University of Iowa Health Science Relations and
Ronald Keech, MD
Professor of Ophthalmology & Visual Science
First Published: 2003
Last Revised: August 2003
Peer Review Status: Internally Peer Reviewed
Eye care specialists at University of Iowa Hospitals and Clinics
are urging parents to screen their children for a disorder that can
potentially cause permanent vision loss, as part of National
Amblyopia, often called "lazy eye," is poor vision in an eye that
did not develop normal sight during early childhood. It is the most
common vision problem in preschool-age children. As many as 7,800
Iowa children under age 4 have poor vision in at least one eye.
"When undetected or left untreated, amblyopia can result in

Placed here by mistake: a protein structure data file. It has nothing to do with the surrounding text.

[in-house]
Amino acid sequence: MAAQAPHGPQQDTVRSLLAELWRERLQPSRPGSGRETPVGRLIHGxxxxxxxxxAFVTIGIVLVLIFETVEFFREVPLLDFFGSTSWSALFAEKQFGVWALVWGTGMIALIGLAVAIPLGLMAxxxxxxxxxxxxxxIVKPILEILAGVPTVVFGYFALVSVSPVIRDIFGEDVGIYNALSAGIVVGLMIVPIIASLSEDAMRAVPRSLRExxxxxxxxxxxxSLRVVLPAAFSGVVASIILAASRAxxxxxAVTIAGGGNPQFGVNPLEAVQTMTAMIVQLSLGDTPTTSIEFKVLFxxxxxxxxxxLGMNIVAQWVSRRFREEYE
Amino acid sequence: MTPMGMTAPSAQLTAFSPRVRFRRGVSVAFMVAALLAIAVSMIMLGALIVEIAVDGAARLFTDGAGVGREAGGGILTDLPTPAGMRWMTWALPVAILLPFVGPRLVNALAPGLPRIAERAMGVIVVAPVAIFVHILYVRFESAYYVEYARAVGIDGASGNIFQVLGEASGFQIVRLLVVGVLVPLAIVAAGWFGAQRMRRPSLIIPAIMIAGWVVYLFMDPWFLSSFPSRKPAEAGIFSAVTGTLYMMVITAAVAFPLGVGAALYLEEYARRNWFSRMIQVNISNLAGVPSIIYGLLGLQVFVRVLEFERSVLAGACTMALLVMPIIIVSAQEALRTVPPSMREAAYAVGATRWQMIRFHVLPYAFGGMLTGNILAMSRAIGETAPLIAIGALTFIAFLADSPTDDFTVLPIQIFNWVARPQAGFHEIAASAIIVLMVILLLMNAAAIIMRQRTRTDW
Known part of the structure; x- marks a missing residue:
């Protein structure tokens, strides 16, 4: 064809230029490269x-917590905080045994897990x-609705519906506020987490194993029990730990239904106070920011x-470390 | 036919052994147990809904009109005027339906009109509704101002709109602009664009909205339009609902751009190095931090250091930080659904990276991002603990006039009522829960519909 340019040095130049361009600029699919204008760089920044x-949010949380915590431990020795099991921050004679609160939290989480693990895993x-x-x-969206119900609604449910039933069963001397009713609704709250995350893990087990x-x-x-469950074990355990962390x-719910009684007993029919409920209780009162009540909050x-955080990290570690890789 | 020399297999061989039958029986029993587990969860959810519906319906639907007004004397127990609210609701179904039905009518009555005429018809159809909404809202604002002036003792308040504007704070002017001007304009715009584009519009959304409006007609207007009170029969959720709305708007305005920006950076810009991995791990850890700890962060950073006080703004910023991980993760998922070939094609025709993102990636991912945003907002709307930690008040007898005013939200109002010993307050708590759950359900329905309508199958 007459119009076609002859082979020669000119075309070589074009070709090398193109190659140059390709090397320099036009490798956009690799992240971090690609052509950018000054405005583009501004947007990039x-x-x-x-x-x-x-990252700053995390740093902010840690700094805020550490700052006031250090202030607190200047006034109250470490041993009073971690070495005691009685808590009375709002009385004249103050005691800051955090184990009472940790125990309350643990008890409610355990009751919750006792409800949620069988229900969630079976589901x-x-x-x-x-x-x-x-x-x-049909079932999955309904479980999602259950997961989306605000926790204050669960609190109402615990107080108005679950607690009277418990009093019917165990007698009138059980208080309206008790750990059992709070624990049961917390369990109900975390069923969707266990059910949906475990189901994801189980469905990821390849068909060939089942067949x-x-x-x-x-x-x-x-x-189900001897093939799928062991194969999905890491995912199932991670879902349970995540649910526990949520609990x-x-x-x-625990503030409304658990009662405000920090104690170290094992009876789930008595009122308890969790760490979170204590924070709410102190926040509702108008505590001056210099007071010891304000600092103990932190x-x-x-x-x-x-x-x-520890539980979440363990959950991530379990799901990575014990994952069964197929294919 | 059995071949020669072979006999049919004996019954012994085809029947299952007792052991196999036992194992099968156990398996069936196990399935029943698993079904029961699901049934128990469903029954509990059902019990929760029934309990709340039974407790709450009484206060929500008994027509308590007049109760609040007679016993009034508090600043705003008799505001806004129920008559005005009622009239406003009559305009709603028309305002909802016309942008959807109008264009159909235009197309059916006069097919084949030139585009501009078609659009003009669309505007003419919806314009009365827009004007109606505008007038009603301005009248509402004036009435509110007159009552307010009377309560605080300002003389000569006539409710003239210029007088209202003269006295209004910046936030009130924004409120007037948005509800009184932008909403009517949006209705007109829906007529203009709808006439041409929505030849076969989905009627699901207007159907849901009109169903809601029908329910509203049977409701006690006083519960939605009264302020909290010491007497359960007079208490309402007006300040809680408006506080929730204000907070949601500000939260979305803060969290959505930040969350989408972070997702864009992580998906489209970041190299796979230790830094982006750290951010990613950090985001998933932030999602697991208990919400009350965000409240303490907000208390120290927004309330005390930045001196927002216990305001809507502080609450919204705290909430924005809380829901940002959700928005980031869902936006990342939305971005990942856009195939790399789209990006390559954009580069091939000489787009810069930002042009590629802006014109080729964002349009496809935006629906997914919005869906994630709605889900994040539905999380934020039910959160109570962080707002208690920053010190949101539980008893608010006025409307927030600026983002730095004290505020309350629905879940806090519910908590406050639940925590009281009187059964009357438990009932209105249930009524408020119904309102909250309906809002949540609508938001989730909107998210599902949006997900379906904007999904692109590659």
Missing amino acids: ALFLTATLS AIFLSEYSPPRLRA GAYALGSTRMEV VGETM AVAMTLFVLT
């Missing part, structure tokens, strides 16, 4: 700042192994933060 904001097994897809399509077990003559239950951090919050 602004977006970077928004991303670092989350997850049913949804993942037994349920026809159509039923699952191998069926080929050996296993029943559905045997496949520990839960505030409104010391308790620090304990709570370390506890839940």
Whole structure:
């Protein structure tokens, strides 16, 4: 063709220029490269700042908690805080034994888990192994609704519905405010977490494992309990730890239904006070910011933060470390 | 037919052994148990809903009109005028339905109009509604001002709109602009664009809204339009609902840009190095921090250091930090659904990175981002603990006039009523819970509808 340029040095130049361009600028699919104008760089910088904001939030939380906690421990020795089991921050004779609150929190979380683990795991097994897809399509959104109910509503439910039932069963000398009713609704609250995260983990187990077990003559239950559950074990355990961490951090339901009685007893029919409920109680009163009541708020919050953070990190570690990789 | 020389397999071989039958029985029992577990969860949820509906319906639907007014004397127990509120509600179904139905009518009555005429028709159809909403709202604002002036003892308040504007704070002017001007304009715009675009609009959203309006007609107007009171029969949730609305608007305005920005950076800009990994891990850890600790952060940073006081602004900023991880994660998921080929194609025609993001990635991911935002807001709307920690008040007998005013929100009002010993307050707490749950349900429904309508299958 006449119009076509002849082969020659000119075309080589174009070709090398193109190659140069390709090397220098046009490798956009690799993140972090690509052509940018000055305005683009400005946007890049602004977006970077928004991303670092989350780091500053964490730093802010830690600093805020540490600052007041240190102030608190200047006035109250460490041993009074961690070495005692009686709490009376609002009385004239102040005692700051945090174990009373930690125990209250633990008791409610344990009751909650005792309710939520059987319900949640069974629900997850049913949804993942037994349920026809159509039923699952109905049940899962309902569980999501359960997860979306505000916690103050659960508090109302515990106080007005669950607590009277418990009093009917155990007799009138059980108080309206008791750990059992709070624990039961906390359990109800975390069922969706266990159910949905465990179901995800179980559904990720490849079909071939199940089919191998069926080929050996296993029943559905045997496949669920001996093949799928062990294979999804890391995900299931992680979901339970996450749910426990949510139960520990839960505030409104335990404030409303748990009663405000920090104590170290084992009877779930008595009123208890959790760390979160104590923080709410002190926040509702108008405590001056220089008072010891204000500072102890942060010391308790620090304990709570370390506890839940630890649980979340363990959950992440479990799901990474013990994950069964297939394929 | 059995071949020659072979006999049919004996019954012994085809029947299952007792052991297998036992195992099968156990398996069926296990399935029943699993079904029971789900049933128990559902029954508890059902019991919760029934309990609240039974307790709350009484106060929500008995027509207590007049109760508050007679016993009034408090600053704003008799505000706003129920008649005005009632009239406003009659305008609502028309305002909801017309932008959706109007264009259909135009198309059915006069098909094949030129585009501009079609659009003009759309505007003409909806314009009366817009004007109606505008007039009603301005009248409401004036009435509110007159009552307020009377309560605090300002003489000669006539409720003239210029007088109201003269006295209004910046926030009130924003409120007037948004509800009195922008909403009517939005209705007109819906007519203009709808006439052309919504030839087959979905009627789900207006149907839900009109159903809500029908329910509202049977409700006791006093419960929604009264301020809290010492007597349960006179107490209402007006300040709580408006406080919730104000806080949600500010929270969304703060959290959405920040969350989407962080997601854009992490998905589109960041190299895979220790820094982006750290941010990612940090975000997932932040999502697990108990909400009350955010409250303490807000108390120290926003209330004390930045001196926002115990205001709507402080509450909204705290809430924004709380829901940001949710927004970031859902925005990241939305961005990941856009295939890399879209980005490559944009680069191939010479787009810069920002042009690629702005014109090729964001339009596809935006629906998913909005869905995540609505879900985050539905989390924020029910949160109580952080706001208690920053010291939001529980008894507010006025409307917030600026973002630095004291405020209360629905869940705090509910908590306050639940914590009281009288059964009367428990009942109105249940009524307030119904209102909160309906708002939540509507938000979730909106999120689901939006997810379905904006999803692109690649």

permanent vision loss," said Ronald Keech, MD, UI professor of
ophthalmology and visual sciences. Keech also serves as service
director of pediatric ophthalmology and the adult strabismus
Early detection of amblyopia is critical to your child's eyesight.
It is as simple as having your child's picture taken. Local Lions
Club volunteers are trained to use a special camera, called the MTI
Photoscreener, which takes special Polaroid pictures of a child's
eyes to detect vision problems. The MTI PhotoScreener is the only
portable, commercially available instant camera in the world that
screens children's vision in an effective, non-invasive way.
"The camera tests eyesight for six disorders that may lead to lazy
eye," said Richard Olson, MD, UI associate professor of
ophthalmology. "When we detect amblyopia in children between the ages
of 6 months and 4 years, we can prevent vision loss."